I often get hundreds of pages of notes, which can be in the form of a very rough draft. Although the book needs to be completely rewritten, the notes are very helpful.

Once I have everything I need from the author, I need to double and triple-check everything using the internet, the library, and bookstores. It’s important to verify information. My clients often provide me with references.

What is the ghostwriting process like?

Many questions for a ghostwriter revolve around the process. What is it like? What can I expect?

The writing process will vary from ghostwriter to ghostwriter, but there will be some commonalities. I like to break up any long project into three steps. Here is my process in a nutshell;

First step

Before I begin writing 50,000 – 100,000 words, I need a roadmap. For a writer, this takes the form of an outline. When working with clients, I need to make sure they and I are on the same page. I would never want to write a first draft without one. This phase requires a lot of research and interviews.

Second step

Once I have my outline, I’m usually chomping at the bit to write my client’s book. This is the stage where I write the rough draft following the outline precisely so there are no surprises. I’ll send pieces of the work to the client as a write to get feedback. That way I can learn and improve. Together we create the voice and style for my author.

Third step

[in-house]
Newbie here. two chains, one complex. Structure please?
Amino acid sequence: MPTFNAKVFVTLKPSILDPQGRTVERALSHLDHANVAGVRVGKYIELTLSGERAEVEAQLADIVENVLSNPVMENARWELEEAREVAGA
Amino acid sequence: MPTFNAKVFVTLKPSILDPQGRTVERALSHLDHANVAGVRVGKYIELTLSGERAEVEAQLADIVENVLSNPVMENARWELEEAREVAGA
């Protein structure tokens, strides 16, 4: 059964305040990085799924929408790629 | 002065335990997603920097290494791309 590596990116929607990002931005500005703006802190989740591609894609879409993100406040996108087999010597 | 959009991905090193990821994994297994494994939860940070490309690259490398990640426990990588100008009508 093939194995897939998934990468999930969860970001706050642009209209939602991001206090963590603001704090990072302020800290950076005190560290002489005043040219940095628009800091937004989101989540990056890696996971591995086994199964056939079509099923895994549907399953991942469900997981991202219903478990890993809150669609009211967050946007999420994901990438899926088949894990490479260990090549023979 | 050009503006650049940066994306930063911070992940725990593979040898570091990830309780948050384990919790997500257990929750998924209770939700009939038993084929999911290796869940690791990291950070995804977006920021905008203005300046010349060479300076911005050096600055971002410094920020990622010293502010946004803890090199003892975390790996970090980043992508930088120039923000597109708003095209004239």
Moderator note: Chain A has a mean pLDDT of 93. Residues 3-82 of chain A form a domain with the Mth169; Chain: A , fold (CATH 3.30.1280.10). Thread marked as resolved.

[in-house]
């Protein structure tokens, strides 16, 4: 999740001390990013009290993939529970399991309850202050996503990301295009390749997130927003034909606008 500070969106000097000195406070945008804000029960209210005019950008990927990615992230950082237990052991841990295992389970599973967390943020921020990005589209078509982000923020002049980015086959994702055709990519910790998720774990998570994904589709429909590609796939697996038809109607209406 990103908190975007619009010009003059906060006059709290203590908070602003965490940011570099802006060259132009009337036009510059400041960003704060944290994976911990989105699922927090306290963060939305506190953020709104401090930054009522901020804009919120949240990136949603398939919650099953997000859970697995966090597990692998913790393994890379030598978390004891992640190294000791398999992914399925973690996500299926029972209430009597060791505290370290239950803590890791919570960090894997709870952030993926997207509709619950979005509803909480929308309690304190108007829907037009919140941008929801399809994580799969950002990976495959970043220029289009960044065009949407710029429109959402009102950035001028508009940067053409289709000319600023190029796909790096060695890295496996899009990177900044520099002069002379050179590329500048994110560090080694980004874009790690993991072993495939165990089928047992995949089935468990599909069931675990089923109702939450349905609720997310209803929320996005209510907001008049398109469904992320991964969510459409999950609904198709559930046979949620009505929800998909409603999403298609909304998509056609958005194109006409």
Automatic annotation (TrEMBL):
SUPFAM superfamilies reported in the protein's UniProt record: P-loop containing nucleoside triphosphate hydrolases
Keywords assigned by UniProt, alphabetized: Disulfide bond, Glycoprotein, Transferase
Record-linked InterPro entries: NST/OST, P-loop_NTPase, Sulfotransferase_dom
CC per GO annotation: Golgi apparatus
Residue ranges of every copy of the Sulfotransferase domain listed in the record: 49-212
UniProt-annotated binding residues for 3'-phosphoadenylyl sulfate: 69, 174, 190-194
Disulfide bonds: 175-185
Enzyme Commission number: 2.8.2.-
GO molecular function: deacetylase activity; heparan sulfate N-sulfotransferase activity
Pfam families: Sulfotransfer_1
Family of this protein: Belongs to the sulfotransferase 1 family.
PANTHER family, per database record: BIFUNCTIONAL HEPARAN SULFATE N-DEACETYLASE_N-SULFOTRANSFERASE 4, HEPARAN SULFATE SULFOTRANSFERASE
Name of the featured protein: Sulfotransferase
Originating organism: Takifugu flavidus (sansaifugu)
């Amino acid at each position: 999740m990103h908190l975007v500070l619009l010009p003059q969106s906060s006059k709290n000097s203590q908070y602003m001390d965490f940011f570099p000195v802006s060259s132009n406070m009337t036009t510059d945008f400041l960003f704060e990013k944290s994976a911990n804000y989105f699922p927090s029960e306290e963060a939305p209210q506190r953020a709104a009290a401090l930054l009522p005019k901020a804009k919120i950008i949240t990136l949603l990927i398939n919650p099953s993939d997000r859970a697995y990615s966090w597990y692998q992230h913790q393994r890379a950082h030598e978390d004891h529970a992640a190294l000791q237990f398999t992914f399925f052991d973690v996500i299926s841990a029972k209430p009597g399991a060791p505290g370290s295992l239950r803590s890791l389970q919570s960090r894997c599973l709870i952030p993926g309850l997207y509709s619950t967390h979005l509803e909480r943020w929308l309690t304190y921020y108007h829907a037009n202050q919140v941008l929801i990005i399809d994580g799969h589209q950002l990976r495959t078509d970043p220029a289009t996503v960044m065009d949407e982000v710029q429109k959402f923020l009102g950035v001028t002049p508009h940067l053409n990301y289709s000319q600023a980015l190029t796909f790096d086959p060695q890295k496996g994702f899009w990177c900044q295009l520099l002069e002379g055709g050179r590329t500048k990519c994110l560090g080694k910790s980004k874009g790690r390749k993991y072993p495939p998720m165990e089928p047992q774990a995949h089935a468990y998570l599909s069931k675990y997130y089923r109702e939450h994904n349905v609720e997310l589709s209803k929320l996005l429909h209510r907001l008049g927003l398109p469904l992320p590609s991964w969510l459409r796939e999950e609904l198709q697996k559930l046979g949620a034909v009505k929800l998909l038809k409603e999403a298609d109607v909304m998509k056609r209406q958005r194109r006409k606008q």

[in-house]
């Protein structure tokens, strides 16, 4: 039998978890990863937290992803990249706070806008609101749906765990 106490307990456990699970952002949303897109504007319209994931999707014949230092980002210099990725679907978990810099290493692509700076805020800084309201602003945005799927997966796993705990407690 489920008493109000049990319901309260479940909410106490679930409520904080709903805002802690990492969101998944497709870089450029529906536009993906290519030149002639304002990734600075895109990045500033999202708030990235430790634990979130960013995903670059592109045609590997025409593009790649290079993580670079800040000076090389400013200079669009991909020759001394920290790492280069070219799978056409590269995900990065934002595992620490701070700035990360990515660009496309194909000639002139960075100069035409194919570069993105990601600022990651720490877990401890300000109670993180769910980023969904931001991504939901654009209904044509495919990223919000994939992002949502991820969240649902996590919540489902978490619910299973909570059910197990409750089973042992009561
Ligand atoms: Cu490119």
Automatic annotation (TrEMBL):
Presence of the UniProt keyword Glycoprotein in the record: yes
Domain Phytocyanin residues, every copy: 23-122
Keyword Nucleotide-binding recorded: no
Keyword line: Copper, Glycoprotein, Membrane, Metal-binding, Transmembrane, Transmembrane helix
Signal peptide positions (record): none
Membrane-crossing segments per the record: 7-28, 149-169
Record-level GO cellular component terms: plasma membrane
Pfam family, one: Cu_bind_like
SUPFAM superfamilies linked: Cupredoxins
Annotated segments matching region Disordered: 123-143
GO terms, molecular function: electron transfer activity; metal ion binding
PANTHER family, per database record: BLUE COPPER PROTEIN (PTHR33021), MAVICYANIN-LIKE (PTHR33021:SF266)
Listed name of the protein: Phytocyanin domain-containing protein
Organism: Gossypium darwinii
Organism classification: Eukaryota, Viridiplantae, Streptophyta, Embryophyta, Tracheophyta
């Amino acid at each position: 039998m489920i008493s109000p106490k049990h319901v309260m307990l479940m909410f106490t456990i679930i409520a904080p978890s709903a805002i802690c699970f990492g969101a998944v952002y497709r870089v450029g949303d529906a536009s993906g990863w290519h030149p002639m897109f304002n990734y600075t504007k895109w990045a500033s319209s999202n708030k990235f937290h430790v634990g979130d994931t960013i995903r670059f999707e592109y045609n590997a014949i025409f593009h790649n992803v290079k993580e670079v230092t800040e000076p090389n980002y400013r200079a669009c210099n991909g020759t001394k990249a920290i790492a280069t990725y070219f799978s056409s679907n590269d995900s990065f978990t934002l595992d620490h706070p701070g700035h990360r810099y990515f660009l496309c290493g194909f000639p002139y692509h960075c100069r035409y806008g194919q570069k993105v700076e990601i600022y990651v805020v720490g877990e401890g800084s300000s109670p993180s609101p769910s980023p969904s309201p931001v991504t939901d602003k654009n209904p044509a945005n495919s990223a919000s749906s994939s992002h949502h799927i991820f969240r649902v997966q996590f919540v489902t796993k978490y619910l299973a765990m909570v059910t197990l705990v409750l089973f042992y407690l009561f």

With the first draft completed and approved, it is time to edit the manuscript. My first step in this phase will be to incorporate the author’s suggestions and comments. Then I’ll do my own internal edit before I turn it over to an outside editor for review. By the time the book is completed and turned over to the client, it will be in excellent shape.

Throughout the process, there should be a lot of back-and-forth communication with your writer. If you have questions for your ghostwriter, be sure to ask.

To learn more about my ghostwriting process, please check out this article:

My ghostwriting process

If you have more questions for a ghostwriter, please feel free to ask me! I’m here to help.

 

2 Comments

  1. Rita besselk

    People do get there books Published from an author and ghost writers they need to vist at the persons house to take all oaper work with them ralk to the person who wants the book published get all the feed back no stone unturned if they really think the book will be a great seller then they will take the book on they have the brains as a ghost writer or author to know if it will fly of the book shelves amazon ect ect thats for sure then get thewith out money and visa versa person for the book to sigh all this pieces of important documentations for the author ect to have a cut of the money for the book its been donecbefore oeople who dont have money up front cant do the book

    Reply
    • Laura Sherman

      Hello, Rita! Thank you for writing and thank you for your question. People often don’t realize that it takes a ghostwriter about a year to write a book. We don’t have anything to do with the marketing end or the sales (or the publishing). Books don’t just fly off the proverbial shelves of Amazon on their own. It takes a dedicated effort on the part of the publisher and author to make that happen. For these reasons, ghostwriters are always paid ahead of the writing and never paid on the back end. It just wouldn’t work out for the ghostwriter otherwise!

      Reply

Submit a Comment

Your email address will not be published. Required fields are marked *

How can I help you?